Saturday, May 3, 2008

It Isn't About the Money? - Update

The status of the 2007-08 CMA Fund Drive as of April 25 is available on That data can be used to generate a spreadsheet which allows us to compare the results for the Monroe County parishes whose associated schools are slated to close with those whose schools will be staying open.

About 5 weeks ago we looked at data covering the 2006-07 CMA drive. The current data are quite similar.

In terms of CMA goals, the parishes where schools are staying open have been tasked with raising, on average, 76% more money than those whose schools will be closed. The total dollar difference between the two groups is almost $357,000.

But in terms of actual CMA pledges the differences are even more striking. Parishes where schools are staying open have so far pledged an average of 96% more than those whose schools will be closed. Here the total dollar difference between the two groups is just over $433,000.

As I said before, the diocese almost certainly will say it isn't about the money. The data, however, are saying something else.


Anonymous said...

Nice blog. I live in the Diocese of Rochester also. I don't consider myself a conservative Catholic. I think the Church is in need of reform. I think that you are more progressive than you give yourself credit for. I can tell from your entries that you agree with the progressive side of the Church that it must be transparent, accountable and the laity should be part of the decison making process - not just advisors. I consider myself a progressive Catholic, but totally agree with you about the mess Bishop Clark has made with the Catholic schools and the importance of having a catholic education. I'm 48 years old and I've worked for the same company for 28 years. I attribute my success in the corporate world from my parents who taught me a good work ethic and the 12 years of Catholic education I received from 1966 to 1978. I should have gone to College and regret not doing so. But I have a good job anyway. In my opinion the reason the Bishop closed those schools is that within the next few years, those same parishes will have to close too due to the shortage of priests and lack of attendance at Mass on Sundays.

Anonymous said...
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Mike said...

Hi tmac,

Thanks for the kind words. Progressive and traditionalist (and their counterparts, liberal and conservative) are labels that mean different things to different people. When I call myself a traditionalist Catholic I mean that I accept all that the Church teaches in the areas of faith and morals.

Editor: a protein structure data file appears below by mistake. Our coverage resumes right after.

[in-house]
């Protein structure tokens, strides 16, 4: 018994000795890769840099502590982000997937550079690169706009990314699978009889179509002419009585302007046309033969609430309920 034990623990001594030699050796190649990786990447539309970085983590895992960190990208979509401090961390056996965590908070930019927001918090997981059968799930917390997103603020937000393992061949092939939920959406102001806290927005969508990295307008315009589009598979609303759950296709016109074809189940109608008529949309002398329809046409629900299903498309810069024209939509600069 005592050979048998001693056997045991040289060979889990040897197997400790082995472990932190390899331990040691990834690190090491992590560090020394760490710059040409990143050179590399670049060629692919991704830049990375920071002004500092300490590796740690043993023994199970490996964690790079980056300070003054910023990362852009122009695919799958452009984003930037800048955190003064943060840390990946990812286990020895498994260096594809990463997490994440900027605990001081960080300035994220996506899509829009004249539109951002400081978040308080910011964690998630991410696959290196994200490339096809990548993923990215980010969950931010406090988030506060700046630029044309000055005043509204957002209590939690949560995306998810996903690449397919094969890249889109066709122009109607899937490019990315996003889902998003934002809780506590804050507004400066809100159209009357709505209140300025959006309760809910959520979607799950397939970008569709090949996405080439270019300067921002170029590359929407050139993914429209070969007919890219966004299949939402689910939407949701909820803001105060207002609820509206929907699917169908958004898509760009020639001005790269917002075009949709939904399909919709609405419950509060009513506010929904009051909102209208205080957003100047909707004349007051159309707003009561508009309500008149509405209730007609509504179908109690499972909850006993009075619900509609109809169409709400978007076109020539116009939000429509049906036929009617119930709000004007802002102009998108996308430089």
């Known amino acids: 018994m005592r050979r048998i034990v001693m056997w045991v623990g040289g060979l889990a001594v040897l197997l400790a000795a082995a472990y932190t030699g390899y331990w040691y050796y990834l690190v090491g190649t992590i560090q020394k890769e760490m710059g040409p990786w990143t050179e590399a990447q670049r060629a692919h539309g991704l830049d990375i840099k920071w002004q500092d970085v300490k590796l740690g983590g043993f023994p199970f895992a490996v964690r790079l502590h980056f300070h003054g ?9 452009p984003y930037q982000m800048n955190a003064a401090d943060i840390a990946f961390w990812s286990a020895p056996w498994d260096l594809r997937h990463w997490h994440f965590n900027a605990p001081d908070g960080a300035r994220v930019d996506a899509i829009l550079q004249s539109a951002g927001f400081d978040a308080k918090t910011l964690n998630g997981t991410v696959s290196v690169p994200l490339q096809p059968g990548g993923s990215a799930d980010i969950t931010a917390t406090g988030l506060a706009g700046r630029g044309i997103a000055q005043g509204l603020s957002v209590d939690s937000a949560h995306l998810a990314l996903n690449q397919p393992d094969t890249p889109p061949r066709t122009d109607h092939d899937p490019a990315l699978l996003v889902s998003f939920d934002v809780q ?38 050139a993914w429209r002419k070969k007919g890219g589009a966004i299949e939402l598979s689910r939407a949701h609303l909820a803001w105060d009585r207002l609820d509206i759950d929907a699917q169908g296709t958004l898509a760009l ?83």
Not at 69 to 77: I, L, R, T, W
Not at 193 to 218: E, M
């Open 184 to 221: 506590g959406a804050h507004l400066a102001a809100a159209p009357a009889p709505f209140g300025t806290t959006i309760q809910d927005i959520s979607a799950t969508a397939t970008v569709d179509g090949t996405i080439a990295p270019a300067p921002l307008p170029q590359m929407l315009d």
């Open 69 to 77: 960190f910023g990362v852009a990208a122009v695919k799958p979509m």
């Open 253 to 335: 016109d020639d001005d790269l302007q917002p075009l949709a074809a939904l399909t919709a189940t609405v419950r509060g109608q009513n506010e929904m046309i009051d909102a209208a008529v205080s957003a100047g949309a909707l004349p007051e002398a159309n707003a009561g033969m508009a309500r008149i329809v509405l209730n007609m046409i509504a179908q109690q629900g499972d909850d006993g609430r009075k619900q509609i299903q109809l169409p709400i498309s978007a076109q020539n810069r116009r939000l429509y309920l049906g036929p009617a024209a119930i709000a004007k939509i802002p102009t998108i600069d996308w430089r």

That is not to say that I do not have questions or even difficulties with some of it - far from it! But I firmly believe that the problems I have are not with the teachings themselves, but with my understanding of them. I have found since returning to the Church that study, prayer and God's grace have helped me work through some of my questions and I have every hope they will continue to do so in the future. Also, these days we have the testimonies of many former Protestants, either on tape or in books, who faced similar difficulties on their journeys into the Church. These show us that the Holy Spirit can - and will - provide all the grace and understanding we need, if we only ask.

That is also not to say that I accept every administrative decision made by every bishop. Throughout history some bishops - and even some popes! - have been overtly sinful men, some have merely been incompetent. For any Catholic to blindly follow such a man when his own conscience tells him there are serious problems with the bishop's policy or decision, well, wouldn't that be a sin in itself?

I would agree that the laity should have a larger role in most decision-making processes, but having a role in the process is not the same thing as making the decision.

One of the reason's I fully expect the Bishop's school reorganization plan to ultimately fall flat on its face (just as the last one did) is his refusal to recognize this blatantly obvious fact. By totally ignoring the primary stakeholders in the MCCS System he has alienated a large segment of them to the point where they no longer feel any real ownership in the system. Under those circumstances disaster cannot be far away.

As for parish closings following school closings, I fear you are right on the money. I do not know of a single parish that has not gone into decline once it lost its school. Most of them are still open for business, but are mere shells of what they used to be. And a few, sadly, are gone.